Classification and Range
The reticulated python is a species of snake found in Southeast Asia. Its common name reticulated refers the complex color pattern. The color pattern of this snake's skin is a complex geometric pattern incorporating tan, brown, golden yellow and black. The back typically has a series of irregular diamond shapes which are flanked by smaller markings with light centers. In this species' wide range, much variation of size, color, and markings commonly occurs. In the shadowy rain forest environment amid fallen leaves and debris, pythons' patterns allow them to virtually disappear.
Called a disruptive coloration, it protects them from predators and helps them catch prey. Found in Southeast Asia from the Nicobar Islands, Bangladesh, Burma, Thailand, Laos, Cambodia, Vietnam, Malaysia and Singapore, east through Indonesia and the Indo-Australian Archipelago consisting of Sumatra, the Mentawai Islands, the Natuna Islands, Borneo, Sulawesi, Java, Lombok, Sumbawa, Sumba, Flores, Timor, Maluku, and the Tanimbar Islands, and the Philippines.
Reticulated pythons inhabit the rain forests, grasslands and woodlands of Southeast Asia. They are usually associated with bodies of water and are excellent swimmers.
Length and Weight
Length: Adults can grow upwards to 28 feet (8.5 m) in length but normally grow to an average of 10–20 feet. Weight: Up to 300 pounds. They are the world's longest snakes and longest reptile, but are not the most heavily built. Like all python species, they are non venomous constrictors. Although large specimens are powerful enough to kill an adult human, attacks are rare.
In the zoo: May live 20 years or more. In the wild: Around 15–20 years
In the zoo: usually rats, quail (not fed live)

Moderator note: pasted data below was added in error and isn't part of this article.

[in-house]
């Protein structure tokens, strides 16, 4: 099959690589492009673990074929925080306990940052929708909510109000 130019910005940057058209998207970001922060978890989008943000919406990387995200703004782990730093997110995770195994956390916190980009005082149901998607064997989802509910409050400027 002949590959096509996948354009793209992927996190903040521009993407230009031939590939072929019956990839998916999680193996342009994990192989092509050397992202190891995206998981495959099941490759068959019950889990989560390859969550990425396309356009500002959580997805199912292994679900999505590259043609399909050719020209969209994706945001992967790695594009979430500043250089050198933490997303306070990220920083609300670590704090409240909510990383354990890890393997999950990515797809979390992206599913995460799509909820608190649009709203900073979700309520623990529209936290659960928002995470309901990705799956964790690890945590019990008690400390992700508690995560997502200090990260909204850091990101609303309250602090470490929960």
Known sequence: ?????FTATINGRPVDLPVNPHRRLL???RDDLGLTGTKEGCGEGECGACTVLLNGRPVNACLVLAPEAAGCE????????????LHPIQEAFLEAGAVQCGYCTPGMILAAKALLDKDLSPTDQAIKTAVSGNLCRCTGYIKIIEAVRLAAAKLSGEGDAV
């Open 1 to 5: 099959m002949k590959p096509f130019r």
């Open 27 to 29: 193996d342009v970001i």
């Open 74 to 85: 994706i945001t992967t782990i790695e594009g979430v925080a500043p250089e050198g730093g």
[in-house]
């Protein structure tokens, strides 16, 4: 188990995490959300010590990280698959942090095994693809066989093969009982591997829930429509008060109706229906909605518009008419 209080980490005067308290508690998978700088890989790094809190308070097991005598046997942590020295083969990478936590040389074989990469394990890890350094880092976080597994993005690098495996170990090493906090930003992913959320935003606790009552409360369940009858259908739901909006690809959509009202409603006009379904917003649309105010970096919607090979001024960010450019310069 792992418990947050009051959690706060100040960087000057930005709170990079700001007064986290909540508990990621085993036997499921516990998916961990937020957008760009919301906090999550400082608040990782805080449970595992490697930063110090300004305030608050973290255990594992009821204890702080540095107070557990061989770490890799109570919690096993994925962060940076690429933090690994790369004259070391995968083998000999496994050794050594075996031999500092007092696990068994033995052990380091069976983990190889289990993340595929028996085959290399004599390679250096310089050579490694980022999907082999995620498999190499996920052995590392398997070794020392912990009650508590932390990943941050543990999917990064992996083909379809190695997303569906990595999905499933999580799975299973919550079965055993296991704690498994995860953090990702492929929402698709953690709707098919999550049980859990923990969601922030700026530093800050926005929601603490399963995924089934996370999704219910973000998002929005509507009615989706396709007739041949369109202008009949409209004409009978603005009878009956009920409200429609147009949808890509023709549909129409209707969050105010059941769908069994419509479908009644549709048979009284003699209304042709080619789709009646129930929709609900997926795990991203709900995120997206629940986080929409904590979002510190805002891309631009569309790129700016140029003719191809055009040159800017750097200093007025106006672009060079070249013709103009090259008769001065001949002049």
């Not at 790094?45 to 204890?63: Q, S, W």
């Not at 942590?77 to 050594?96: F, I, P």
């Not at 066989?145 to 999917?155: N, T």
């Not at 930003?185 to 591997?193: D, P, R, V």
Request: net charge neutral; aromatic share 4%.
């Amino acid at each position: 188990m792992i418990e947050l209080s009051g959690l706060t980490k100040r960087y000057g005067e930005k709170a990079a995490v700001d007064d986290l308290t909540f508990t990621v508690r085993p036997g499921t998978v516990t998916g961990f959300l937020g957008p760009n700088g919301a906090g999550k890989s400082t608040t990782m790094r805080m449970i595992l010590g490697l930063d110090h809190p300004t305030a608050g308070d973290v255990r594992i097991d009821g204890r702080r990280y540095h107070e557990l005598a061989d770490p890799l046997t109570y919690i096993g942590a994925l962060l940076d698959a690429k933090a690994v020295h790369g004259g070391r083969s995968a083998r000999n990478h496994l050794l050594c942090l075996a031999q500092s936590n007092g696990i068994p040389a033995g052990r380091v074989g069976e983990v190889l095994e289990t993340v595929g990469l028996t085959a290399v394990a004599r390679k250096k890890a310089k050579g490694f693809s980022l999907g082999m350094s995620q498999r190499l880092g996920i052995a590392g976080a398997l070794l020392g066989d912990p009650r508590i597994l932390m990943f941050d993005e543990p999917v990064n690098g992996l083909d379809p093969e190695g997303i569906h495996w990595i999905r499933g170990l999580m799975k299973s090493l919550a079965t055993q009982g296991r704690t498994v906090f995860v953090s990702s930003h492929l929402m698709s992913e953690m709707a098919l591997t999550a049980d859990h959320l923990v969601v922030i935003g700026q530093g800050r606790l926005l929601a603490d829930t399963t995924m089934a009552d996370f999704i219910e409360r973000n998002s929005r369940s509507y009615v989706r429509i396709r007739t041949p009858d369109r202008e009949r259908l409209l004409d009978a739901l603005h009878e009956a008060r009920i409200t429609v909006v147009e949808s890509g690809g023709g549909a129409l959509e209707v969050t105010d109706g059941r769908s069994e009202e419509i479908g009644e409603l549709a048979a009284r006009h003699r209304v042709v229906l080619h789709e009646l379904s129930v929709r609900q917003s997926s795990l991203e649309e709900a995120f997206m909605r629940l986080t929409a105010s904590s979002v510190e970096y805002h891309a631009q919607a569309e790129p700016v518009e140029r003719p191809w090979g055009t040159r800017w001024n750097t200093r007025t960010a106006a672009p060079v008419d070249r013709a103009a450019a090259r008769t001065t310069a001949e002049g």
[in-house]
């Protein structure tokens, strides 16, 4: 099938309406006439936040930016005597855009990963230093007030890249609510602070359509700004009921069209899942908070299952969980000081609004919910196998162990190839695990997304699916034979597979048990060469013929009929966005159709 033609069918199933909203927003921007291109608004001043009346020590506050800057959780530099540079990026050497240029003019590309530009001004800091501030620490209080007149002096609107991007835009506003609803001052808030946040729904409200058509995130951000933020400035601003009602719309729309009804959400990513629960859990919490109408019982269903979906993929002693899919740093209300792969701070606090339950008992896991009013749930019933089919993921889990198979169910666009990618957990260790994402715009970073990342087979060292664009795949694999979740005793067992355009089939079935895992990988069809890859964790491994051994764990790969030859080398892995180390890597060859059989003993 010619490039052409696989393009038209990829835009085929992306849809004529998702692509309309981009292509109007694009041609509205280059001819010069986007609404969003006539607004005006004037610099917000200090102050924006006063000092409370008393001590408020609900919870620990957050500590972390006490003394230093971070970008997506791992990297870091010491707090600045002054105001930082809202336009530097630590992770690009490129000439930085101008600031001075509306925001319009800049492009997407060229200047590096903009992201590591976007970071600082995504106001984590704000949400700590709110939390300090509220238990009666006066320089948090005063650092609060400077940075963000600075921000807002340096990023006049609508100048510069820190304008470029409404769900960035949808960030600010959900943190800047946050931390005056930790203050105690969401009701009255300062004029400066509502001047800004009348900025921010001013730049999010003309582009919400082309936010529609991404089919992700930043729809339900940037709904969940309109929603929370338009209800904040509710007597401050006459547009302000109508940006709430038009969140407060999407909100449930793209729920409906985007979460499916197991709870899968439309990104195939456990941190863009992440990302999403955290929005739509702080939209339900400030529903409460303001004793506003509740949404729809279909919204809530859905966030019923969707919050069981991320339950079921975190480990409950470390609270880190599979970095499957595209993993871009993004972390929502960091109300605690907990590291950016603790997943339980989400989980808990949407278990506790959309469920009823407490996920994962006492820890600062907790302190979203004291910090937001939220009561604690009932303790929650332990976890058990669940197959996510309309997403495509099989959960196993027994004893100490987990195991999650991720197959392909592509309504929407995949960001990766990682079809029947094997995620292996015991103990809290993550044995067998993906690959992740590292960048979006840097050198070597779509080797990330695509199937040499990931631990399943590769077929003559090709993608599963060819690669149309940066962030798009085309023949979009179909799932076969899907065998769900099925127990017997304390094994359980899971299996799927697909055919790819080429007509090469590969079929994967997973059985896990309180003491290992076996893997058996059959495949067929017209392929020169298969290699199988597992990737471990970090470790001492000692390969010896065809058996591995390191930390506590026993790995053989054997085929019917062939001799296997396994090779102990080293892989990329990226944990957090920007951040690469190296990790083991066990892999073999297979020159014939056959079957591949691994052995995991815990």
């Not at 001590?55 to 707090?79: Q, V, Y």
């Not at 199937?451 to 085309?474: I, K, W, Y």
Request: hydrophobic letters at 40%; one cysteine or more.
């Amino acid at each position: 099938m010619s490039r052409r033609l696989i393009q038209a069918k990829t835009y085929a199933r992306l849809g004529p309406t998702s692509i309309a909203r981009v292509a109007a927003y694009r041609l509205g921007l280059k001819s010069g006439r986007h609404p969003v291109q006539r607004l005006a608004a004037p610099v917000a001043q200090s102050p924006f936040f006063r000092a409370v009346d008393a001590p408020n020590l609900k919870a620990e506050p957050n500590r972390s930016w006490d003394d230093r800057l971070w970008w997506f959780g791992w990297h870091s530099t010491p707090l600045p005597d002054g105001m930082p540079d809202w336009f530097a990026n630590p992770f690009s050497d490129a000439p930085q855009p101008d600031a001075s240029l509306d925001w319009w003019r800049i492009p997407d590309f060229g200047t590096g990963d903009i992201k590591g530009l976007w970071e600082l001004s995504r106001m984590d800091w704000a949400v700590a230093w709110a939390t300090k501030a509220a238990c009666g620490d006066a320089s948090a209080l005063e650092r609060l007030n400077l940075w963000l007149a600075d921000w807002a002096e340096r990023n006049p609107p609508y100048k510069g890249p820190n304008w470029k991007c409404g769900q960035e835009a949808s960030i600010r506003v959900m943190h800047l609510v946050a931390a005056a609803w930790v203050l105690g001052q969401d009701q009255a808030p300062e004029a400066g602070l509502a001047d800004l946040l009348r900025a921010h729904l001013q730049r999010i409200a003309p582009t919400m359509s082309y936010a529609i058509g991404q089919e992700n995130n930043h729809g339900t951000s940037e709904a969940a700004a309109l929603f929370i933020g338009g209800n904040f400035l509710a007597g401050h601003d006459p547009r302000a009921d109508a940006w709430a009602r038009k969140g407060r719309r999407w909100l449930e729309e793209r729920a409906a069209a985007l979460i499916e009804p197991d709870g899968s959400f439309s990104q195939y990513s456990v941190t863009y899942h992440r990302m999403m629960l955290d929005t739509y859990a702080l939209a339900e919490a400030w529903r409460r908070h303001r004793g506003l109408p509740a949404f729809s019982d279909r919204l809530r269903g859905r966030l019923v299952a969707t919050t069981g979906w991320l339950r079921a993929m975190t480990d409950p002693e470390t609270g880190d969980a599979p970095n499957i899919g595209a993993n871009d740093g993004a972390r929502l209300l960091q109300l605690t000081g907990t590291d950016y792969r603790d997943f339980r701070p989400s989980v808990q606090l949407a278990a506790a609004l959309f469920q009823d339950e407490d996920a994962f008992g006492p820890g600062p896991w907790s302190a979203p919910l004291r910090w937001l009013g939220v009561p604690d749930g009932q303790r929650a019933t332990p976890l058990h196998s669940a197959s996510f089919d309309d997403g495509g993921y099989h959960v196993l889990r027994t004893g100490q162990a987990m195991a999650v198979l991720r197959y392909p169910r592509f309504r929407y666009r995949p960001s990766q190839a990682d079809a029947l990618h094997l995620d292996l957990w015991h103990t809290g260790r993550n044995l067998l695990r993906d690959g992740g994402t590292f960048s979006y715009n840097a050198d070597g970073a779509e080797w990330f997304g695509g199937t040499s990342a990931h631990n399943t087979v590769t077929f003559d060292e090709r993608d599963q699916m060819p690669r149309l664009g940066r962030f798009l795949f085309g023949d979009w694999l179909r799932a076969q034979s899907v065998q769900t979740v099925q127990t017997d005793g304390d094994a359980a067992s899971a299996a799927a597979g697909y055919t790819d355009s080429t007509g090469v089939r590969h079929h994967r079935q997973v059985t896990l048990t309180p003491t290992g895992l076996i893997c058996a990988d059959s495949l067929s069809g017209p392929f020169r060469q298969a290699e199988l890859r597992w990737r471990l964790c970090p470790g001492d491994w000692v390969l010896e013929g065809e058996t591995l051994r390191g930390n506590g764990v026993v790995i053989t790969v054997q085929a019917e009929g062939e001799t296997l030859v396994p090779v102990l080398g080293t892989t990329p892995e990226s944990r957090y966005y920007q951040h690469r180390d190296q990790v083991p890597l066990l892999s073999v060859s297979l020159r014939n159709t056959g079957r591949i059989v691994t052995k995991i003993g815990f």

In the wild: nearly anything they can catch, but usually rats, birds, sometimes pigs and binturong
Females are oviparous, or egg-bearing, and typically lay between 15 and 80 eggs per clutch. Females become sexually mature at around 4 years old and males around 18 months. At an optimum incubation temperature of 31–32°C (88–90 °F), the eggs take an average of 88 days to hatch. The eggs are off-white in color and have a soft, leathery shell. The female pythons coil their bodies around their eggs and protect them until they are ready to hatch. This behavior is known as brooding and prevents the eggs from getting too warm or too cool.
Young pythons emerge from their leathery egg casings by cutting a slit in the eggshell with their egg tooth, a temporary sharp projection on the upper lip, and usually average a birth length of about 2 feet (60.96 cm). The young snakes almost immediately are ready to be predators, but first go through a skin shed before their first meal about two weeks after birth, searching out small rodents and birds to consume. Pythons are ambush feeders and will lie in wait for nearly any animal that comes into their path, primarily rodents and birds, though they can consume animals up to about a quarter of their length and nearly their body weight.
Location at the Zoo